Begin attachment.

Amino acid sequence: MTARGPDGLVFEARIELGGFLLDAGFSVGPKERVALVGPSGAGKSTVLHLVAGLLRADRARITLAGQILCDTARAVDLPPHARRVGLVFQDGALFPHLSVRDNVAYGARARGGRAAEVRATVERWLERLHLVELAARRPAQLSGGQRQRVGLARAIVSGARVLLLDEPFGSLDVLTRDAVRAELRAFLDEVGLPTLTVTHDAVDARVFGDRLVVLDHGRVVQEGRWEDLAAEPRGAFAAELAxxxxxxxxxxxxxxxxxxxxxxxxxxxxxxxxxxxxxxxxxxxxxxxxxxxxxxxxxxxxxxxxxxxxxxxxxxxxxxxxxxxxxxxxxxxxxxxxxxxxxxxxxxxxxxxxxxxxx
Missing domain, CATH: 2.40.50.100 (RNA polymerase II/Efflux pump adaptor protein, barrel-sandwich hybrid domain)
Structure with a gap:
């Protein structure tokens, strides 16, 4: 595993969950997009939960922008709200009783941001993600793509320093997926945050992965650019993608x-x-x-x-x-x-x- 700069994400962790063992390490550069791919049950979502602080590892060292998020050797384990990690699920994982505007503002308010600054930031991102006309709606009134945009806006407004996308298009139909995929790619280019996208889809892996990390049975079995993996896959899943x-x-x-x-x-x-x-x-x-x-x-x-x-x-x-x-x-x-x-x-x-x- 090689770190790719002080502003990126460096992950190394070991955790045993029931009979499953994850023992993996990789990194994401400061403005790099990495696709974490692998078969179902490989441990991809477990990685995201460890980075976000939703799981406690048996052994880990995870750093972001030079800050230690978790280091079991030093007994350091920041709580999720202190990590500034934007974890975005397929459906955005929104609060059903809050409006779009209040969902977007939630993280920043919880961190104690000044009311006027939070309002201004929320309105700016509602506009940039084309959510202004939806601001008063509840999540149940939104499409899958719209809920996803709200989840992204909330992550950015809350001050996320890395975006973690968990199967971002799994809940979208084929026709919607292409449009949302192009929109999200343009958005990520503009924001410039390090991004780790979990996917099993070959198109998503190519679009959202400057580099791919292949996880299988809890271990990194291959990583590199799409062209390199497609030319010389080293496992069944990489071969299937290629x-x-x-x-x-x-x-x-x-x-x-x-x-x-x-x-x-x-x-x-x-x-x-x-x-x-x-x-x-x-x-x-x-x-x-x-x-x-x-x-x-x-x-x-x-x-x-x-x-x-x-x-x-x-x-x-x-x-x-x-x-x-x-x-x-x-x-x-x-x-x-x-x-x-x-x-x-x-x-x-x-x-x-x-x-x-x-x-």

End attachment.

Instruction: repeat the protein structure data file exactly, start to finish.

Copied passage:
Amino acid sequence: MTARGPDGLVFEARIELGGFLLDAGFSVGPKERVALVGPSGAGKSTVLHLVAGLLRADRARITLAGQILCDTARAVDLPPHARRVGLVFQDGALFPHLSVRDNVAYGARARGGRAAEVRATVERWLERLHLVELAARRPAQLSGGQRQRVGLARAIVSGARVLLLDEPFGSLDVLTRDAVRAELRAFLDEVGLPTLTVTHDAVDARVFGDRLVVLDHGRVVQEGRWEDLAAEPRGAFAAELAxxxxxxxxxxxxxxxxxxxxxxxxxxxxxxxxxxxxxxxxxxxxxxxxxxxxxxxxxxxxxxxxxxxxxxxxxxxxxxxxxxxxxxxxxxxxxxxxxxxxxxxxxxxxxxxxxxxxx
Missing domain, CATH: 2.40.50.100 (RNA polymerase II/Efflux pump adaptor protein, barrel-sandwich hybrid domain)
Structure with a gap:
């Protein structure tokens, strides 16, 4: 595993969950997009939960922008709200009783941001993600793509320093997926945050992965650019993608x-x-x-x-x-x-x- 700069994400962790063992390490550069791919049950979502602080590892060292998020050797384990990690699920994982505007503002308010600054930031991102006309709606009134945009806006407004996308298009139909995929790619280019996208889809892996990390049975079995993996896959899943x-x-x-x-x-x-x-x-x-x-x-x-x-x-x-x-x-x-x-x-x-x- 090689770190790719002080502003990126460096992950190394070991955790045993029931009979499953994850023992993996990789990194994401400061403005790099990495696709974490692998078969179902490989441990991809477990990685995201460890980075976000939703799981406690048996052994880990995870750093972001030079800050230690978790280091079991030093007994350091920041709580999720202190990590500034934007974890975005397929459906955005929104609060059903809050409006779009209040969902977007939630993280920043919880961190104690000044009311006027939070309002201004929320309105700016509602506009940039084309959510202004939806601001008063509840999540149940939104499409899958719209809920996803709200989840992204909330992550950015809350001050996320890395975006973690968990199967971002799994809940979208084929026709919607292409449009949302192009929109999200343009958005990520503009924001410039390090991004780790979990996917099993070959198109998503190519679009959202400057580099791919292949996880299988809890271990990194291959990583590199799409062209390199497609030319010389080293496992069944990489071969299937290629x-x-x-x-x-x-x-x-x-x-x-x-x-x-x-x-x-x-x-x-x-x-x-x-x-x-x-x-x-x-x-x-x-x-x-x-x-x-x-x-x-x-x-x-x-x-x-x-x-x-x-x-x-x-x-x-x-x-x-x-x-x-x-x-x-x-x-x-x-x-x-x-x-x-x-x-x-x-x-x-x-x-x-x-x-x-x-x-």